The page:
Senate Republicans’ latest effort to kill Obamacare has been nothing if not abrupt.
That all changed over the weekend when Republican leaders, pushed by conservatives to more seriously reckon with the possibility that they would not achieve their party's central policy goal, began to take a closer look at the Cassidy-Graham bill. And now, they face the challenge of persuading 50 people in the Senate to support it before the end of the month, which would set the stage for Vice President Pence to cast the tiebreaking vote.
There are many questions surrounding this process. But the timing is perhaps the chief source of confusion among congressional observers. Why is it necessary to pass the health-care bill by Oct. 1? Why do Republicans say they have to act in the next 11 days?
The answer lies in a combination of Republican legislative strategy, arcane Senate procedure and ordinary partisan divisions. But it boils down to the fact that on Oct. 1, the number of votes needed to pass Cassidy-Graham will rise above the number of Republicans in the Senate, effectively blocking the bill’s path.
Here’s one way to think about it.
The Senate has until Sept. 30 to approve Cassidy-Graham with a simple majority of votes rather than the usual 60 needed for most legislation. This creates a valuable opportunity for the GOP and its slim, 52-seat Senate majority. From now until the end of the month, Senate Republicans can approve legislation fulfilling one of their most controversial priorities without a single Democratic vote.
Of course, uniting 50 Republicans is hardly simple thanks to divisions within the party, and it’s still unclear whether GOP leaders can do it for Cassidy-Graham in time to meet the deadline. That, coupled with seven years of Republican commitments to repeal the health-care law, is why pressure on the leaders is so high.
"If we were going to go forward, we would have to act before Sept. 30," Senate Majority Leader Mitch McConnell (R-Ky.) said Tuesday at a news conference. "We're in the process of discussing all of this. Everybody knows that the opportunity expires at the end of the month."
McConnell and other Republicans can thank themselves for the deadline, which arose from their effort to pass health-care legislation without Democratic votes.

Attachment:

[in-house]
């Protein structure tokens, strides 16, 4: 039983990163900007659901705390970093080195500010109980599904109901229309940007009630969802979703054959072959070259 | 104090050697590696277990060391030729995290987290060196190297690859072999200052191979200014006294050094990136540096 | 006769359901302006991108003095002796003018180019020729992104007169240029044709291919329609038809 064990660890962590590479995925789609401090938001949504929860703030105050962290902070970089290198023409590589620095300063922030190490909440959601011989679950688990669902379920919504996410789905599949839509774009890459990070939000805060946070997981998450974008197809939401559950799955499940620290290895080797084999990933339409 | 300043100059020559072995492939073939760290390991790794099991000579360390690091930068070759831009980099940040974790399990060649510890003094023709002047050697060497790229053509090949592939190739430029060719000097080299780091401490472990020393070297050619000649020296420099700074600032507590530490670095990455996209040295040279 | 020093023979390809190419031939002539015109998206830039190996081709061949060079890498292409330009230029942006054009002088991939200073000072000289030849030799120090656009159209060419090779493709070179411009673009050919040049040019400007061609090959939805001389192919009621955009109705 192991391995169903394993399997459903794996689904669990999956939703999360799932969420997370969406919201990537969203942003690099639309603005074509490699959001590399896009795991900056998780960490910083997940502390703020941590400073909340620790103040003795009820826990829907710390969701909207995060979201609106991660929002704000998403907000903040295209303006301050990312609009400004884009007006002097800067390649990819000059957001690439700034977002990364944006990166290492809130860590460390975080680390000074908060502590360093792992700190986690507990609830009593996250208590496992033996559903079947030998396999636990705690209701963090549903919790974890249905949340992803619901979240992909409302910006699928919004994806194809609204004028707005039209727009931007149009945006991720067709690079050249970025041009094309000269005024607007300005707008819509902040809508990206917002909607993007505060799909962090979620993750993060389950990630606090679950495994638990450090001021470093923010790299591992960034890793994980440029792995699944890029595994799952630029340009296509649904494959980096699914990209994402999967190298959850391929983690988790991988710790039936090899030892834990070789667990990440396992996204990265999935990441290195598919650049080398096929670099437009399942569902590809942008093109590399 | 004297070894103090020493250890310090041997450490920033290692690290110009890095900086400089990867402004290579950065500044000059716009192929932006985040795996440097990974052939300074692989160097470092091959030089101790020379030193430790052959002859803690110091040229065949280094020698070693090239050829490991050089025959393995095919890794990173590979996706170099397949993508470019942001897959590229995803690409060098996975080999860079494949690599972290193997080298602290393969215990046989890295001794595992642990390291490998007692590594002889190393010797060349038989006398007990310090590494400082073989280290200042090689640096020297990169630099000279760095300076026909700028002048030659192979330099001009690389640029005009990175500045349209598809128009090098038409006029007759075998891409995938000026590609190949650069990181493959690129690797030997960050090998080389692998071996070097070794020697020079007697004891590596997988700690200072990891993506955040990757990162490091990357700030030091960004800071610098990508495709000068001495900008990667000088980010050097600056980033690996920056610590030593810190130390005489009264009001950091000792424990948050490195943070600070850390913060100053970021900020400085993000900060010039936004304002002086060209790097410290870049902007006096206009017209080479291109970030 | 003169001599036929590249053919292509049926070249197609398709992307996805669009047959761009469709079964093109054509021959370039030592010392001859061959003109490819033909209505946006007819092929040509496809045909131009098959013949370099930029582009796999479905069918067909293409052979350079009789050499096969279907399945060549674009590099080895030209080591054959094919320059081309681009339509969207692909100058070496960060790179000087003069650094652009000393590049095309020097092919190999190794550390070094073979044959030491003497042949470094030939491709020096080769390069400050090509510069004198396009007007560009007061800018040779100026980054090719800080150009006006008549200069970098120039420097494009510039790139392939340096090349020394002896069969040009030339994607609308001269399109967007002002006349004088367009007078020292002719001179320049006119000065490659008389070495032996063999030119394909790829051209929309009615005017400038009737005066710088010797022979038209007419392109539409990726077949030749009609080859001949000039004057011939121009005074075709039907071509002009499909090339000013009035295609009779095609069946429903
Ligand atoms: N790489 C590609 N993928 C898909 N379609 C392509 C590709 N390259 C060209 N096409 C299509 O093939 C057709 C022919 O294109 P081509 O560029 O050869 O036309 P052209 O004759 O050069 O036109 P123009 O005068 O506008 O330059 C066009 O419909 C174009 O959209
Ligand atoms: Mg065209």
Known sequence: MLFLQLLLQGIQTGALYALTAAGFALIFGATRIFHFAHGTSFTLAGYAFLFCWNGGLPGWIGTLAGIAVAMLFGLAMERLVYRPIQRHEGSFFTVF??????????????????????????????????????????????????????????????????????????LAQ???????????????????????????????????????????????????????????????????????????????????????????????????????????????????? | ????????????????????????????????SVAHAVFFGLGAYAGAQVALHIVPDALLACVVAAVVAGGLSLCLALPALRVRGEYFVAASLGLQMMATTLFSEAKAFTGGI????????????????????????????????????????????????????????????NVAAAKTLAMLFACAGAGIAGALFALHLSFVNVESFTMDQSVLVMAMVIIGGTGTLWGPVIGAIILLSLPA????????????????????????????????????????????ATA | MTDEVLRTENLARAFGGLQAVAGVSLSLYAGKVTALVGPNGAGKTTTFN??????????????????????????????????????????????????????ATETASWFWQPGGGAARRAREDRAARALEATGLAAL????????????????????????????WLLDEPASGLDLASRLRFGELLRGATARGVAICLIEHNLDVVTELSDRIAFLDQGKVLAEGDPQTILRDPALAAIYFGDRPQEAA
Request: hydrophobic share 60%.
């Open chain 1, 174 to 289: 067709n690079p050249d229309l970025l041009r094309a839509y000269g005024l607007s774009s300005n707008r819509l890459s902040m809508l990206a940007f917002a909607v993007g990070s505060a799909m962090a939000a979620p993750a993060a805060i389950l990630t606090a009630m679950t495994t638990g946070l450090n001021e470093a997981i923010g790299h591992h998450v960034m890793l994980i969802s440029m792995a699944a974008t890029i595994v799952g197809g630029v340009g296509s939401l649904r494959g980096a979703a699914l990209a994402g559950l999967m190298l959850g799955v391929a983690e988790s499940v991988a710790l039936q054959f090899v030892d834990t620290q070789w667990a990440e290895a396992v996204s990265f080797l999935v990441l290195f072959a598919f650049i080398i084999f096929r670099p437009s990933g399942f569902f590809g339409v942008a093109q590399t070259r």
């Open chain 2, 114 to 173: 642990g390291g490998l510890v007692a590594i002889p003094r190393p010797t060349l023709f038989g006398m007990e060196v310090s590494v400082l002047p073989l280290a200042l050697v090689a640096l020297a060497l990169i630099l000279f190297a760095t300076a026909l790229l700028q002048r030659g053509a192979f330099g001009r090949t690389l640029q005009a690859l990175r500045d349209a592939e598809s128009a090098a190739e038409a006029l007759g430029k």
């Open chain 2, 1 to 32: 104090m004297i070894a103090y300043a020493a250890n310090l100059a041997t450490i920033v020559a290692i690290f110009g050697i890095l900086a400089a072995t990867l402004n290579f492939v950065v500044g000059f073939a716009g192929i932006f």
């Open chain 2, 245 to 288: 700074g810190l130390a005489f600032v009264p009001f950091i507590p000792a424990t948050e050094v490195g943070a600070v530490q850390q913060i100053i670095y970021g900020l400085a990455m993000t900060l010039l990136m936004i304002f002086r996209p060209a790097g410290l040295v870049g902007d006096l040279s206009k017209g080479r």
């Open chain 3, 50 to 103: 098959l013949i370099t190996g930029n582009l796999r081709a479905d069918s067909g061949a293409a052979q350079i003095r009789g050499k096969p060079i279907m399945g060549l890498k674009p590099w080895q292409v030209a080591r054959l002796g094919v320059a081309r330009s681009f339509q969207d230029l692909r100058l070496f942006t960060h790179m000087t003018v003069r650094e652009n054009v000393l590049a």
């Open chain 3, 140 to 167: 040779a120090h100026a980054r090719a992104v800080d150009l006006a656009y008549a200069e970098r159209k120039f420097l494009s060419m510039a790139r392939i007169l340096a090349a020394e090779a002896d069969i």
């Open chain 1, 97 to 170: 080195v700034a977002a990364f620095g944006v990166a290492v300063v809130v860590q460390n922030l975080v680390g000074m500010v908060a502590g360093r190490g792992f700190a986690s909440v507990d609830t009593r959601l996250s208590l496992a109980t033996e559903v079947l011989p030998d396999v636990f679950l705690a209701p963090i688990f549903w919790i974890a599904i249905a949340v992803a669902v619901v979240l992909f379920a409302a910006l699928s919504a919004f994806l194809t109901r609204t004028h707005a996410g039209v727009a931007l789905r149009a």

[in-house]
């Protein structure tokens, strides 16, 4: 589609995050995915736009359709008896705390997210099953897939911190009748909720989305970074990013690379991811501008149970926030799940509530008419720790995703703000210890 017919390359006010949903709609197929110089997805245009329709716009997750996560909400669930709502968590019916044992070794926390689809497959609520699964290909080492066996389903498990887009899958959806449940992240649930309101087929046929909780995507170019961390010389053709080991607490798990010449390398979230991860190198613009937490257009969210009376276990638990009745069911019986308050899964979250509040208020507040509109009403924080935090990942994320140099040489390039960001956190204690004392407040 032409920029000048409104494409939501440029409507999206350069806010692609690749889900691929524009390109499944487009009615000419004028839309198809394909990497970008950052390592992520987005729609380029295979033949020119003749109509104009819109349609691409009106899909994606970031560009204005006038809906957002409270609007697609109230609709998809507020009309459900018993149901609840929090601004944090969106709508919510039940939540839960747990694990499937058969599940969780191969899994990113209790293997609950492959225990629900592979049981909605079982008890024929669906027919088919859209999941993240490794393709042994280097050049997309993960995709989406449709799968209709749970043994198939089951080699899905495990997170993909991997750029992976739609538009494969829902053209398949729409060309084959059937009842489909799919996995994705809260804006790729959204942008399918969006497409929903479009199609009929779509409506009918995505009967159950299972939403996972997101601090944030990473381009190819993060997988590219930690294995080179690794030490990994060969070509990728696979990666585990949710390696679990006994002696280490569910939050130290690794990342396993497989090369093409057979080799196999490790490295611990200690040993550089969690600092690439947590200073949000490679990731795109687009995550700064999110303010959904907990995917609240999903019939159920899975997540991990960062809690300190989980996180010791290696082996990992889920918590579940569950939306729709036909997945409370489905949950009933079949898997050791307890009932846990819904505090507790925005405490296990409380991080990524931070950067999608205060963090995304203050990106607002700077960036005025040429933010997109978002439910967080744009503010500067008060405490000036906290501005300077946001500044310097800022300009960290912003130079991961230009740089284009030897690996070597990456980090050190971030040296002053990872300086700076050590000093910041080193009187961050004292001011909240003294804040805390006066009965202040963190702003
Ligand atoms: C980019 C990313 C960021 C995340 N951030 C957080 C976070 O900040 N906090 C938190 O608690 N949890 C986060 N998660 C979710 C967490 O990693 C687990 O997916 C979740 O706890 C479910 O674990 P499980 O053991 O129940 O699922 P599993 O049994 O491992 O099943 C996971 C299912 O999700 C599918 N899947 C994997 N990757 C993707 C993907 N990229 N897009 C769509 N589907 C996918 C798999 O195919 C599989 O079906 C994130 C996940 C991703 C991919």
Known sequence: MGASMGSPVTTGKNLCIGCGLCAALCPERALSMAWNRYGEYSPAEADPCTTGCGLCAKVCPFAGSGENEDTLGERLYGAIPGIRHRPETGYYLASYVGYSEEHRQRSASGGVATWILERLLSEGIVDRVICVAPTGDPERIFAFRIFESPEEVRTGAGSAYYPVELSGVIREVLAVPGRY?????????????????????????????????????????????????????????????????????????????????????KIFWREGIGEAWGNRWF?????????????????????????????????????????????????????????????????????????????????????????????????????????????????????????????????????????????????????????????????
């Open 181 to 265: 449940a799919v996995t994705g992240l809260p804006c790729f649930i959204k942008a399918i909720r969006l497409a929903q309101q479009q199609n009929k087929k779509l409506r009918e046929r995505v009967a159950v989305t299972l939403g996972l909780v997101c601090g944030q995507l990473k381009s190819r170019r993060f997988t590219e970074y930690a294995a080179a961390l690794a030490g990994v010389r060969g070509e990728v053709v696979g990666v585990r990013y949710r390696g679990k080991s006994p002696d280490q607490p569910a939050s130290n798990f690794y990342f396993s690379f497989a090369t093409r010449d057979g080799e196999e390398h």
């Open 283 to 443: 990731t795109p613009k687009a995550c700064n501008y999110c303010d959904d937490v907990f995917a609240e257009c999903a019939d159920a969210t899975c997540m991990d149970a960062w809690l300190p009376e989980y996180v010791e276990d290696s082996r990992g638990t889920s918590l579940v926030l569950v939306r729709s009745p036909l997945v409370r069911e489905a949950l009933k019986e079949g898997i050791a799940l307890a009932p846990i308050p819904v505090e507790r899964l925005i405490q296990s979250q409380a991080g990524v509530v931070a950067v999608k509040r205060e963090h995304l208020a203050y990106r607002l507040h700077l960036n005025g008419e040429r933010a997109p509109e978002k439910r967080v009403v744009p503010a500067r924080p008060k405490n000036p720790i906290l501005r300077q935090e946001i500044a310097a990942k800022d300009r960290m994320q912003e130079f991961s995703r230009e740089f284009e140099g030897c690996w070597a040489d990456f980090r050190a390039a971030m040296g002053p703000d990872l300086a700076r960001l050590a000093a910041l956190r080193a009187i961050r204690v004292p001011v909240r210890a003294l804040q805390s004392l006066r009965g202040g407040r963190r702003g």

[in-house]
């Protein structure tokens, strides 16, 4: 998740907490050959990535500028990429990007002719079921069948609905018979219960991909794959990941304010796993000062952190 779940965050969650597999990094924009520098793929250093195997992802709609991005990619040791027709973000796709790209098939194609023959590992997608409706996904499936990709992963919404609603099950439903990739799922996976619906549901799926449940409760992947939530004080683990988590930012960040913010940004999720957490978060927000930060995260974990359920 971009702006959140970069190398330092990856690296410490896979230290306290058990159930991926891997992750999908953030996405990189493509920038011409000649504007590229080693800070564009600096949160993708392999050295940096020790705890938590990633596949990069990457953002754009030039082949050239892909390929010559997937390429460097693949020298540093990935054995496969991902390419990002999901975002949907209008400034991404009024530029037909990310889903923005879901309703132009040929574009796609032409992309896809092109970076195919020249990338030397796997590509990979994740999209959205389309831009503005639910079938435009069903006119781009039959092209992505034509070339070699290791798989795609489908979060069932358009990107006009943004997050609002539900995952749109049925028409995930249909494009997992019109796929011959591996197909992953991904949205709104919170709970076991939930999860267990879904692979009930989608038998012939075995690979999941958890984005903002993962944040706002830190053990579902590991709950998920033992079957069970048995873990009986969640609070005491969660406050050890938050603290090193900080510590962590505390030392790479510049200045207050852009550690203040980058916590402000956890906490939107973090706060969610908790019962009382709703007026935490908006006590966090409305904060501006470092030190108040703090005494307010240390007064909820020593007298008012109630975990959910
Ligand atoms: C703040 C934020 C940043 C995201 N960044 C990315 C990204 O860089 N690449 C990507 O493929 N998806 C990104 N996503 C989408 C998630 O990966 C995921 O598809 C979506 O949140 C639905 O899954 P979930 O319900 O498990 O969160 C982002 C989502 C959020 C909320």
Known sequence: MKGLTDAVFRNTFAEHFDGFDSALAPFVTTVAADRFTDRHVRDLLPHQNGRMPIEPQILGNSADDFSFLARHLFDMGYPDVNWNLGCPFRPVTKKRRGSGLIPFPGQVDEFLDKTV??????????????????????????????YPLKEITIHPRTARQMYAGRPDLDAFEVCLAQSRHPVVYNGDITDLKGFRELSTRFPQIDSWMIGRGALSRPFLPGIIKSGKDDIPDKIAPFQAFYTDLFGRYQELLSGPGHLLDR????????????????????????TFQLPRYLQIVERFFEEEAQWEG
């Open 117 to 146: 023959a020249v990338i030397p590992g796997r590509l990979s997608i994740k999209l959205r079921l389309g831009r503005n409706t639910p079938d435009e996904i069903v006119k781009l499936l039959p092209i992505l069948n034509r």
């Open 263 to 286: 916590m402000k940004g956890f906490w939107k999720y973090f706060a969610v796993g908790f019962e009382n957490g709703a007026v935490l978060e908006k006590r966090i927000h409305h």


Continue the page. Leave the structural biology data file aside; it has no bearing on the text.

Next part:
This is where the arcane Senate procedure comes in.
The Sept. 30 deadline exists because of a process known as budget reconciliation, which allows some fiscal measures to pass without the usual 60 votes. Republicans set this process in motion at the beginning of the year, when they passed a budget bill that included instructions for two committees to begin work on health-care legislation with the goal of saving federal revenue. By giving the health-care effort a fiscal goal, GOP leaders qualified that legislation to be passed by a simple majority.
But those instructions expire at the end of the fiscal year that’s covered under the budget bill. Senators could always write new instructions into their next budget, but they were planning to use that opportunity to direct a different legislative priority — tax cuts. Conventional Senate wisdom dictates that the chamber may consider only one legislative priority at a time under reconciliation.
Republicans would prefer to face no deadline at all. But these hopes were dashed on Sept. 1, when the Senate parliamentarian, who helps interpret the chamber’s mind-bending rules, said the GOP’s “reconciliation instructions” would end Sept. 30, the last day of the fiscal year. That is what McConnell mean when he said the opportunity will “expire” at the end of the month: Senate Republicans will no longer have the ability to pass health-care legislation with only their own votes, because the process that allows them to do it will be over.
It’s for this reason that so many journalists and commentators refer to Cassidy-Graham as Republicans’ “last-ditch effort” to abolish the Affordable Care Act, also known as Obamacare.
Graham urged Republicans to try again if his bill doesn’t pass.
"At the end of the day, will we try again? I would argue that yes, we should. I don't want to go back to South Carolina and say I did everything I could do to repeal Obamacare and not believe it in my heart," he said Tuesday.